Really, it's just the tiniest little collection of vintage postcards.  Oh, and did I mention I also like postcards with pictures of people in their gardens?  That's another current obsession interest.

Really, it is just the tiniest little collection and if I limit it to certain flowers, a few artists and gardeners in their gardens, it should stay tiny, I think.  I hope!

Sunday, November 09, 2014

A hole in my garden - autumn-flowering snowdrops

Spring flowering snowdrops.  
Yesterday, I found out there are autumn-flowering snowdrops.

Autumn-flowering.  As in blooming in October.

And now I want some.   I never knew they existed until yesterday and now there is a hole in my garden without them.

I believe the botanical name is Galanthus reginae-olgae subsp reginae-olgae.

Every source I've checked so far is sold out, but that's okay because it is probably too late this season to plant them here, anyway.

I will patiently wait until the supplies and catalogs are updated in the spring and then order some next year to plant.  Then I will have some snowdrops blooming in my garden in the fall of '17. Won't that confuse people?

I can hardly wait, but wait I must.  You can't hurry up flowers. Your only choice is to wait for them or go on without them. I'd rather wait.

How, you ask, did I find out about this hole in my garden that can only be filled by planting autumn-flowering crocuses?

I found out about this hole in my garden because I have various Google alerts set up for key words like "gardener" and "garden" and one popped up yesterday about Margaret Owen, a galanthophile (expert on snowdrops) who recently passed away in Great Britain.   This particular alert caught my attention because I was looking for some pictures of gardeners in their gardens for my new Facebook page, Gardeners in Their Gardens, and there was a lovely picture of Margaret in a garden in the alert.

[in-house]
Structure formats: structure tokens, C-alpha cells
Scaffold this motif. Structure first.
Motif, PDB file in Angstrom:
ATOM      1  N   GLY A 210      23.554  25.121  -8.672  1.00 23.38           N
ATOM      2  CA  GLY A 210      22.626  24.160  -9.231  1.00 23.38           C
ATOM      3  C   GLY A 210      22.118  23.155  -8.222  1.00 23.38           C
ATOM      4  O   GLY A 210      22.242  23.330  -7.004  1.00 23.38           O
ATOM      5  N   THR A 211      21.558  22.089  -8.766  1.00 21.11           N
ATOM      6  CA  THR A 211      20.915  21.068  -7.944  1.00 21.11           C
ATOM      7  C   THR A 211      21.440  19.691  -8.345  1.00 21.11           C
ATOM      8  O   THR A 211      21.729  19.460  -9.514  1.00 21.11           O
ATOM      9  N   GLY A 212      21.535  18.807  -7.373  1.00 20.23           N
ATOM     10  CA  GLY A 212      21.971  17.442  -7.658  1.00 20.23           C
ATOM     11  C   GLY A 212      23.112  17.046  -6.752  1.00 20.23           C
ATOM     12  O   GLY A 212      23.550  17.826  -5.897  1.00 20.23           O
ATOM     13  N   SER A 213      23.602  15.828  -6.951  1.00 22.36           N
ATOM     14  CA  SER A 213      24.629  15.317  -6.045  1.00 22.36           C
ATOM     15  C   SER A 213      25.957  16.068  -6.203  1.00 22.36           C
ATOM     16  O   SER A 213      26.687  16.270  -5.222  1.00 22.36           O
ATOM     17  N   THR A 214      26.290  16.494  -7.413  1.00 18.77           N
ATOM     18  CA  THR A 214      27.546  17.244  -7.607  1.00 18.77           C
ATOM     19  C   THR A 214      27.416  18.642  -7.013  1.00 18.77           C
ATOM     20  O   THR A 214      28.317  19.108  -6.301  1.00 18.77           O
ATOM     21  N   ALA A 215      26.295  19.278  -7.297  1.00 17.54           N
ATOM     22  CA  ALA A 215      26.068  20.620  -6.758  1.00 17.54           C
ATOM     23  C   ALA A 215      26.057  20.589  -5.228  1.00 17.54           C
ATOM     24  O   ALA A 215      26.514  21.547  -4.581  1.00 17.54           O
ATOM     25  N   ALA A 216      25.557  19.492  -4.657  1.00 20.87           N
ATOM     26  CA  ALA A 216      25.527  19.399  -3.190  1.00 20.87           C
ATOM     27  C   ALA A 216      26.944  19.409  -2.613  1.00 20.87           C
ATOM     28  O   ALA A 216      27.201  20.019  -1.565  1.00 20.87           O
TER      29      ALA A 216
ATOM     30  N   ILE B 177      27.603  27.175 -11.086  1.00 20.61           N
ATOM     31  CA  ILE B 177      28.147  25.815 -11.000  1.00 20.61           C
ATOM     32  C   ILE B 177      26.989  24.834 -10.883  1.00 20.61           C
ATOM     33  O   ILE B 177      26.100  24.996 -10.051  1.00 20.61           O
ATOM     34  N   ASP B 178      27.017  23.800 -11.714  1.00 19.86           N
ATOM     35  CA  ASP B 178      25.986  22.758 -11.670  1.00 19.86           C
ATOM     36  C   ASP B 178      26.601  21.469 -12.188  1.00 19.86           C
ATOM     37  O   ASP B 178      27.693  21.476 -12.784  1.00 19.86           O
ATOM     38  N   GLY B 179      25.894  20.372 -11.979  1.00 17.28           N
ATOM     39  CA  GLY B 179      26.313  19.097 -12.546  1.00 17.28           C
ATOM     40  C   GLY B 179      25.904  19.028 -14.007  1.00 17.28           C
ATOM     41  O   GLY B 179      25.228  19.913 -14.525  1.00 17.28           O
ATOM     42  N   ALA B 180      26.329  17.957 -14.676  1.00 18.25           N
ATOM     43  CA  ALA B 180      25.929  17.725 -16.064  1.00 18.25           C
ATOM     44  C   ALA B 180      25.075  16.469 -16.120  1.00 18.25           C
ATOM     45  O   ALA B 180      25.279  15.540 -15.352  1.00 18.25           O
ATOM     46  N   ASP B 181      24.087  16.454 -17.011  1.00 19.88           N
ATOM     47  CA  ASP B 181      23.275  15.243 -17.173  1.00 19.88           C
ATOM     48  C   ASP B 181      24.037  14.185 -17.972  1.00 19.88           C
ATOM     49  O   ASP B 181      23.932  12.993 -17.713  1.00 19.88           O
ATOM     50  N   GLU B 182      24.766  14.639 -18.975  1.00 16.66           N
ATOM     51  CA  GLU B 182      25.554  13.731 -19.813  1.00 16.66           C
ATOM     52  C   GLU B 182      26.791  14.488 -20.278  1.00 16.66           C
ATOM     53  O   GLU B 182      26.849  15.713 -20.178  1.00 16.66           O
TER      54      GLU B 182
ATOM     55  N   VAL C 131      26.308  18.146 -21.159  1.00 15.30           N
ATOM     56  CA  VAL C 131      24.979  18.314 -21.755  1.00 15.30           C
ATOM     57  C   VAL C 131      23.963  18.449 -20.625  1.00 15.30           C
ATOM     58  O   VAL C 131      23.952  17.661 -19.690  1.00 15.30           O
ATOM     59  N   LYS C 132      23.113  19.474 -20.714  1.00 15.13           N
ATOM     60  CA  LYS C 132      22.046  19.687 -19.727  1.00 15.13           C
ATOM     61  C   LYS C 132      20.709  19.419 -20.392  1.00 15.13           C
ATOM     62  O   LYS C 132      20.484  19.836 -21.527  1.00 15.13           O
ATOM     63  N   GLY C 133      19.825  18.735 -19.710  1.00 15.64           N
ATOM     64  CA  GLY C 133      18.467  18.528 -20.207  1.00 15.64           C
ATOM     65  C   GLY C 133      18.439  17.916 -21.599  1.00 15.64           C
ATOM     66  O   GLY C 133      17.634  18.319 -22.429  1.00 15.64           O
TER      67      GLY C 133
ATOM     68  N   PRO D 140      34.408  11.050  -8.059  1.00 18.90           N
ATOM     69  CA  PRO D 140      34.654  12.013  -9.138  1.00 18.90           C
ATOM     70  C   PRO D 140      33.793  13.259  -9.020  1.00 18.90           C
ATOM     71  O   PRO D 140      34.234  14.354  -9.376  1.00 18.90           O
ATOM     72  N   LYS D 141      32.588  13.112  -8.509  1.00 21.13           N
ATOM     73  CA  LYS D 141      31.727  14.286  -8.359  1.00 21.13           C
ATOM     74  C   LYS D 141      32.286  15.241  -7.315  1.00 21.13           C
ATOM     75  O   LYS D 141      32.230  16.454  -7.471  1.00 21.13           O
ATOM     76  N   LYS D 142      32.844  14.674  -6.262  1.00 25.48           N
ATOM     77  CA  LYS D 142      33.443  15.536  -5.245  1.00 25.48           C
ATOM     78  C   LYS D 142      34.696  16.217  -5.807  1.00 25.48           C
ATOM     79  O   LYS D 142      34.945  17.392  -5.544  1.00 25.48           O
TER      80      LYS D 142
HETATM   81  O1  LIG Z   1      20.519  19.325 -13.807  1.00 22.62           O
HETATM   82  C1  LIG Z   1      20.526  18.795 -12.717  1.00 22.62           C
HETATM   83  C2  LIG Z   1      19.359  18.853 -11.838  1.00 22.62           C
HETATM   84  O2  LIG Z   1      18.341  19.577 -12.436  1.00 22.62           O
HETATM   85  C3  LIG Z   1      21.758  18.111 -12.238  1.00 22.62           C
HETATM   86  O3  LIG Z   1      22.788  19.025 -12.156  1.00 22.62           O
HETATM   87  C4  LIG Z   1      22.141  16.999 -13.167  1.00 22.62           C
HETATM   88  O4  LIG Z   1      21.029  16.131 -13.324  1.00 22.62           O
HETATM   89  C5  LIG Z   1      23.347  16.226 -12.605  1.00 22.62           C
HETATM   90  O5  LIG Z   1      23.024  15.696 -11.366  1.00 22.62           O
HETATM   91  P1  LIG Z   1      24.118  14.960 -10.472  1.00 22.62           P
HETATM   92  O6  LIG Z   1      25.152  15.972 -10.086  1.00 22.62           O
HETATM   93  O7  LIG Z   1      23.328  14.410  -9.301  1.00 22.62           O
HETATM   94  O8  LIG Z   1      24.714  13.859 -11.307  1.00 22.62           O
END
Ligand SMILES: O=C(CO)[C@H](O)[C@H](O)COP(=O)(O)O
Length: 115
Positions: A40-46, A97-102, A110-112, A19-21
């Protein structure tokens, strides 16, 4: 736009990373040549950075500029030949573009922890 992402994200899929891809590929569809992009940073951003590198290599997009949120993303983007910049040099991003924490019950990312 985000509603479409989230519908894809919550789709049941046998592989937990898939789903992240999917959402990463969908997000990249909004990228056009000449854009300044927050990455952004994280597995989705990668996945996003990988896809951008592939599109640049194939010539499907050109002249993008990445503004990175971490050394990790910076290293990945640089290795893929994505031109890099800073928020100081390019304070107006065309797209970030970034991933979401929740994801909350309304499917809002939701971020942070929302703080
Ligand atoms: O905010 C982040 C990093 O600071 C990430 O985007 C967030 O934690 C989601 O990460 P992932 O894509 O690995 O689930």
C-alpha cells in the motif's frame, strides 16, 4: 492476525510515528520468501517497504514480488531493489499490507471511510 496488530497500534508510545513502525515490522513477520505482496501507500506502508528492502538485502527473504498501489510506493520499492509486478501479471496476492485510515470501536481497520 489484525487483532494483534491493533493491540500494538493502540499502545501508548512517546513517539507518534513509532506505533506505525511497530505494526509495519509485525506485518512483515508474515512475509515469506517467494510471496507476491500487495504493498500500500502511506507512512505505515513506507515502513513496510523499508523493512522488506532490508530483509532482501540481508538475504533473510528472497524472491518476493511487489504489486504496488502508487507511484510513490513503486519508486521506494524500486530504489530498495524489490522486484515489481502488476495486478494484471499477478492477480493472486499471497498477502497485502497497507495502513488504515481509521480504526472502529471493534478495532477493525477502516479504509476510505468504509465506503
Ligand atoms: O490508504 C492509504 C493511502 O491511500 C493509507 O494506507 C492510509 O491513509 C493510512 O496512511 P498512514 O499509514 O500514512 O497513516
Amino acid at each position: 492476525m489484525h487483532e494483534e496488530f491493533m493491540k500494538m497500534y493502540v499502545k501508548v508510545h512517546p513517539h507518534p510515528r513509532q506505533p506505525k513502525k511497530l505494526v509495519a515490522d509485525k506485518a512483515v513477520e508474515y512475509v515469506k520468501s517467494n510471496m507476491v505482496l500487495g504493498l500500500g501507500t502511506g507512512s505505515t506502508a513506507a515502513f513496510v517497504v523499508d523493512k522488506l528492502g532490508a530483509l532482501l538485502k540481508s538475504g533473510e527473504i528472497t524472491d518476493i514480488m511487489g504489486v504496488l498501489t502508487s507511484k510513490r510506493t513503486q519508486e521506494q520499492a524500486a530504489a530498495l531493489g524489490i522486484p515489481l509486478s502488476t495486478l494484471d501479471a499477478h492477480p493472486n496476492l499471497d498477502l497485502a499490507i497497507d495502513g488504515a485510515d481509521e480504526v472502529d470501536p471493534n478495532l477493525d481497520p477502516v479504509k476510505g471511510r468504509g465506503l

I read through her obituary, and learned of her love of snowdrops and the snowdrop parties she was famous for.  At the end of the obituary,  they mentioned how another galanthophile visited her hours before she passed away, bringing her autumn-flowering snowdrops.  She briefly opened her eyes to look at them before she died.

Oh yes, I am definitely going to have autumn-flowering snowdrops in my garden someday.

Saturday, November 08, 2014

Announcing Gardeners In Their Gardens

How many pictures do you have of yourself in your own garden?

None? I thought so!

We gardeners take all kinds of pictures in our gardens these days... flowers, vegetables, trees, shrubs, butterflies, bees, leaves... if it's in our gardens we've probably taken a picture of it with our smartphone or digital camera.

But we rarely remember to have someone take our pictures in the garden.

And I think that's a shame because where are you happier than in your own garden, with dirt under your fingernails and leaves in your hair, probably holding a bouquet of flowers you grew or a basket full of freshly picked veggies?

Yesterday morning, I decided to do something about this lack of pictures of gardeners in their gardens by starting up a Facebook page called Gardeners In Their Gardens and posting pictures of gardeners in their gardens on it.

I've invited gardeners to send me photos of themselves in their gardens, and I'm looking around the web for good pics of gardeners in their gardens to add as well.

I'd love to have readers of this blog join in, too, if you haven't already.  First, go like the FB page, Gardeners in their Gardens.

Then send a picture of yourself in your garden to Gardenersintheirgardens at yahoo dot com with a couple of sentences telling me something about how you garden, what you like to grow, your happiest moment in your garden... anything along those lines.